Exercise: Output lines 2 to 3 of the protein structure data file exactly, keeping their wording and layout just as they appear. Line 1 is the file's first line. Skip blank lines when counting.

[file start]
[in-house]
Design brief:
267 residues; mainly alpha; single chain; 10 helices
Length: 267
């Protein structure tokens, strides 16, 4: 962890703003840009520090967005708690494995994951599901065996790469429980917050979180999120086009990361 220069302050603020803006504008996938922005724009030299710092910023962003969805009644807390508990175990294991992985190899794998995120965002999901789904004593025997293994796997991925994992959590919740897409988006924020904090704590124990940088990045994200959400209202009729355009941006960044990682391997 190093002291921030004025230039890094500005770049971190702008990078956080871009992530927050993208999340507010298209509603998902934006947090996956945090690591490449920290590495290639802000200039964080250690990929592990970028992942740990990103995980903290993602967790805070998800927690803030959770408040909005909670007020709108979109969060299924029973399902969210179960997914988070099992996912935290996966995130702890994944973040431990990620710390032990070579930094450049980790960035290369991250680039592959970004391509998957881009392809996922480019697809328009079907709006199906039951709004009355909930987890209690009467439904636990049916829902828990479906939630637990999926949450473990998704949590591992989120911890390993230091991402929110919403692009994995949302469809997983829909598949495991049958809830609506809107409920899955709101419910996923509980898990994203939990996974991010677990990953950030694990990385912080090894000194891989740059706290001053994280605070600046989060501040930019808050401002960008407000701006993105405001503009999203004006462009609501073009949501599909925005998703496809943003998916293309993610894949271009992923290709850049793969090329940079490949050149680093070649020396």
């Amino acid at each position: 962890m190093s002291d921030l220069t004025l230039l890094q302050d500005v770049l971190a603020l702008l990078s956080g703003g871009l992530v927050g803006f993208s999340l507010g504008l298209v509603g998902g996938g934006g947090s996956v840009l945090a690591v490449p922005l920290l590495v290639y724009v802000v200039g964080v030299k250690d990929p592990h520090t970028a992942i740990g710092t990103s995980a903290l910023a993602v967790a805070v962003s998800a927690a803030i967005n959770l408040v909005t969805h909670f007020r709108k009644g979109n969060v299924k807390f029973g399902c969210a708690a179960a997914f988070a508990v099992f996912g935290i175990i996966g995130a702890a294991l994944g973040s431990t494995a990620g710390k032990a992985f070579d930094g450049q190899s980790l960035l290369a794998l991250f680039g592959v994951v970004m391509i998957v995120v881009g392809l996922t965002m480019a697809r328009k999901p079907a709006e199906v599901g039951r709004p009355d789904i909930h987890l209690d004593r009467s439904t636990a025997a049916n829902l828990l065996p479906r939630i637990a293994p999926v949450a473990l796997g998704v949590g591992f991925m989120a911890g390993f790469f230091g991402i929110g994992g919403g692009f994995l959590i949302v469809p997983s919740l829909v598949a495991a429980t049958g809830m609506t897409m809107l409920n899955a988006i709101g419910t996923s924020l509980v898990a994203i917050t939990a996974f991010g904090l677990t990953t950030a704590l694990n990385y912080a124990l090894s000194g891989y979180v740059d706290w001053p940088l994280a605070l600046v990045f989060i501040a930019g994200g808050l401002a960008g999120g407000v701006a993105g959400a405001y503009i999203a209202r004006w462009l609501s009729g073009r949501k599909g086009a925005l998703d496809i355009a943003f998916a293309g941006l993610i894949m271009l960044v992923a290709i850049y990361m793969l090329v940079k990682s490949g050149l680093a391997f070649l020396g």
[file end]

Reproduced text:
Design brief:
267 residues; mainly alpha; single chain; 10 helices